But as Lisa Mascaro reports , Ryan isn't sure it's the right move.

Behind the usual protestations against spending time away from his family and three small children, Ryan's reluctance is rooted in a more realistic calculation of the political damage the speaker's job could do to his promising career.

Now in his ninth term in office, Ryan is often mentioned as presidential material, even though he passed on the 2016 campaign to remain at his perch as chairman of the Ways and Means Committee. He is thought of as one of the GOP's brightest thinkers and the economic guru who crafted the "Ryan Budget" that would turn Medicare into a voucher system to deeply cut costs.

Among those who've called to encourage Ryan to give it more thought: his former running mate, Mitt Romney.

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Donald Trump 'never getting out' of GOP race

Donald Trump, believe it or not, called into another cable news show Friday morning. And at the end of his more-than-10-minute segment on MSNBC's "Morning Joe," the real estate mogul vented a bit about the reporting concerning his recent comments about his commitment to the Republican presidential race.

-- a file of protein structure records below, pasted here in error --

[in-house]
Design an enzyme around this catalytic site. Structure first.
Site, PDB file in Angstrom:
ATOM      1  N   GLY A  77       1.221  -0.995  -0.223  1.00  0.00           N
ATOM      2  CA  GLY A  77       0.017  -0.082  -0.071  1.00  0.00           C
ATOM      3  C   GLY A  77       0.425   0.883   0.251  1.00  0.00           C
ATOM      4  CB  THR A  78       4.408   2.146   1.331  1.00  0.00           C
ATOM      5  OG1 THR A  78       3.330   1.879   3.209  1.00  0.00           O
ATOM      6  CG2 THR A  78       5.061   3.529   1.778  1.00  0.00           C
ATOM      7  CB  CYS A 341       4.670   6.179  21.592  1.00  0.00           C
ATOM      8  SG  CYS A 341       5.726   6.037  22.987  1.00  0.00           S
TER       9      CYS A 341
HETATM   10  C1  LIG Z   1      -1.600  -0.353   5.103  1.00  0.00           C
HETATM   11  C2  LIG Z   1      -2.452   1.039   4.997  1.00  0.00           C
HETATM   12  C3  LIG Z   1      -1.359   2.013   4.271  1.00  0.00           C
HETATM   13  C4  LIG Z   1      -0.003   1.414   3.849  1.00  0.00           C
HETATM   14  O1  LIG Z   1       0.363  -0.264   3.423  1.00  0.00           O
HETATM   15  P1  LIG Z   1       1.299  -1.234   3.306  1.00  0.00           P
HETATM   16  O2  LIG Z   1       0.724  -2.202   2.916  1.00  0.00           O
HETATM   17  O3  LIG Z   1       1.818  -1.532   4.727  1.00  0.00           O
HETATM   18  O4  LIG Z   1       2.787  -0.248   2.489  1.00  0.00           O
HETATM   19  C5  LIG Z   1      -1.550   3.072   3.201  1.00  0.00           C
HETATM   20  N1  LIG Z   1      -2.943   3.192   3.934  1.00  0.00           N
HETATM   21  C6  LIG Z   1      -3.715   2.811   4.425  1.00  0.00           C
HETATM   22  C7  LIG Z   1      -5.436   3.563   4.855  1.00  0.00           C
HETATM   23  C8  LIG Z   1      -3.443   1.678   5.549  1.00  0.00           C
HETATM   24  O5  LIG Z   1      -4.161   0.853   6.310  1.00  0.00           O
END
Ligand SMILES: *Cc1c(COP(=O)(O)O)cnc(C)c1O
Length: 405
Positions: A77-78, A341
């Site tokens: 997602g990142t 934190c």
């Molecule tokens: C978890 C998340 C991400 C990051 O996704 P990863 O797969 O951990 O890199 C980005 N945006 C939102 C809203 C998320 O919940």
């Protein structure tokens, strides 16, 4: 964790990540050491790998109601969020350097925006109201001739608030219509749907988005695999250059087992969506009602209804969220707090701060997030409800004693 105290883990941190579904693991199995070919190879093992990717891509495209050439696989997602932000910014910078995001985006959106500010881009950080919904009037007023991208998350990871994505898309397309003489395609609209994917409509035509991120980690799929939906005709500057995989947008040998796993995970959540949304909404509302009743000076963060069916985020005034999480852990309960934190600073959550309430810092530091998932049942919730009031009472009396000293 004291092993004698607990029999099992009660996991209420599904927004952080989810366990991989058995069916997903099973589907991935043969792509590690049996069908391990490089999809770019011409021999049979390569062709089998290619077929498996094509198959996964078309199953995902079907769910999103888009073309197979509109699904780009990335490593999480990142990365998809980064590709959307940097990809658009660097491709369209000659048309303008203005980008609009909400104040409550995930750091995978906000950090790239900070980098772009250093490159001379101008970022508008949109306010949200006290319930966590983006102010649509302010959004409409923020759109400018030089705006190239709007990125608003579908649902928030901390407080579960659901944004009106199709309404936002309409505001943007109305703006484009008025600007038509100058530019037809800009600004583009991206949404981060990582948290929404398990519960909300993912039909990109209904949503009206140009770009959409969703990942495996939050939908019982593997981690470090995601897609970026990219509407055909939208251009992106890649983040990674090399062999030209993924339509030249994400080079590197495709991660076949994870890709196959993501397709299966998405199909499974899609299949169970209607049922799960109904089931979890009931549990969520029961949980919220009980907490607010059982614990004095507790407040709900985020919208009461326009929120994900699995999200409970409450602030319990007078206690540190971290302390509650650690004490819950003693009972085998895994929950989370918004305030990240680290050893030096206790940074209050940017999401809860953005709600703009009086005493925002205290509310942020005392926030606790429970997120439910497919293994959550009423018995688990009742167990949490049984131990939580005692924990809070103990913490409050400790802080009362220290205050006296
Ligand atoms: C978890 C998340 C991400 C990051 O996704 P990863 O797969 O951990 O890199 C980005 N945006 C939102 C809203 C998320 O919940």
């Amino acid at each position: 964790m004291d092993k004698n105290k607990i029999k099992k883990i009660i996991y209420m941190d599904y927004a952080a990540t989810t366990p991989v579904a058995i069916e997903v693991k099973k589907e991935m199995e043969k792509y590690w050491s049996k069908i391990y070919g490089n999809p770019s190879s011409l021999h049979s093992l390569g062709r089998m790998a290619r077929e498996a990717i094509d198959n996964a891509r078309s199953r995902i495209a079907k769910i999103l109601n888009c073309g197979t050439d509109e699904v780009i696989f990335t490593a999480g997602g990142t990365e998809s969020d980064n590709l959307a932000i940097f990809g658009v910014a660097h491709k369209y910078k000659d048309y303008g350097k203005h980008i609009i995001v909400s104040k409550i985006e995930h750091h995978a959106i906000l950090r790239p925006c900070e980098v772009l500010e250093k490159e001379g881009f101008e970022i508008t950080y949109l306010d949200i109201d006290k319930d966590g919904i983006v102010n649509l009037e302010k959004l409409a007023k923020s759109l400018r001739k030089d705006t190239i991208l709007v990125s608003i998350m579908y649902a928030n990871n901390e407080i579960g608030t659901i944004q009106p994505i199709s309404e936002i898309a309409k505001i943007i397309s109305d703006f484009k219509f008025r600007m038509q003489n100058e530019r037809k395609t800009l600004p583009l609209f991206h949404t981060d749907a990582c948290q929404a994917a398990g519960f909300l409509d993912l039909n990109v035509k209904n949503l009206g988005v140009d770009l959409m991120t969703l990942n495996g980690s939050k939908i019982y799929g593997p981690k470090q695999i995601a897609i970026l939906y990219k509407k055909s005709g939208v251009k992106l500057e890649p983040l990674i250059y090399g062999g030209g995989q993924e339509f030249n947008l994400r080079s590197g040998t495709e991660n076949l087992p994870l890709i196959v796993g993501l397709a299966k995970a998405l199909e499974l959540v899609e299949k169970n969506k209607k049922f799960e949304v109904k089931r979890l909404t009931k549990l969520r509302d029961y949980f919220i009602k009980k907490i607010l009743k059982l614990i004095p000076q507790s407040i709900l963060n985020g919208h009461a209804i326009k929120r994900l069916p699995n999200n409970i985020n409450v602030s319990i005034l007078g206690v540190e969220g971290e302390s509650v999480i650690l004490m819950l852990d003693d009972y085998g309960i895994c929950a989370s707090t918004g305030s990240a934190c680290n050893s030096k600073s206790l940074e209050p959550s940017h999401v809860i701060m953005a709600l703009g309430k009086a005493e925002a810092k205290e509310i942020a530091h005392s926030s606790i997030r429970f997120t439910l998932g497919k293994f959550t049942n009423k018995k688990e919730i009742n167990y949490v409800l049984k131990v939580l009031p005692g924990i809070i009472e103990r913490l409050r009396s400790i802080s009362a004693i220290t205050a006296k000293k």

In a recent "Meet The Press" interview, Trump was asked about the circumstances that might lead him to quit the race.

"I'm not a masochist," he said at the time. "If I was dropping in the polls where I saw I wasn't going to win, why would I continue?"

Friday morning, Trump made clear that he was simply answering a hypothetical question, calling it "ridiculous" that some reported those comments as a signal he might quit a race that he continues to lead in public polls.

"So, you know what I say right now, I give more of a political answer. I'm never getting out," he told the show.

Got that?

Obama ponders GOP's 'new reality'

President Obama, Rep. Linda Sanchez (D-Whittier), and HUD Secretary Julian Castro (Olivier Douliery / Getty Images)

President Obama, Rep. Linda Sanchez (D-Calif.), and HUD Secretary Julian Castro (Olivier Douliery / Pool/Getty Images)

He doesn't do it as often as he might like, but President Obama delivered a fresh rebuke of the Republican candidates looking to succeed him Thursday night, and even turned to a staple of his previous presidential campaigns as he catalogued the myriad reasons he feels the GOP candidates would take the country backward.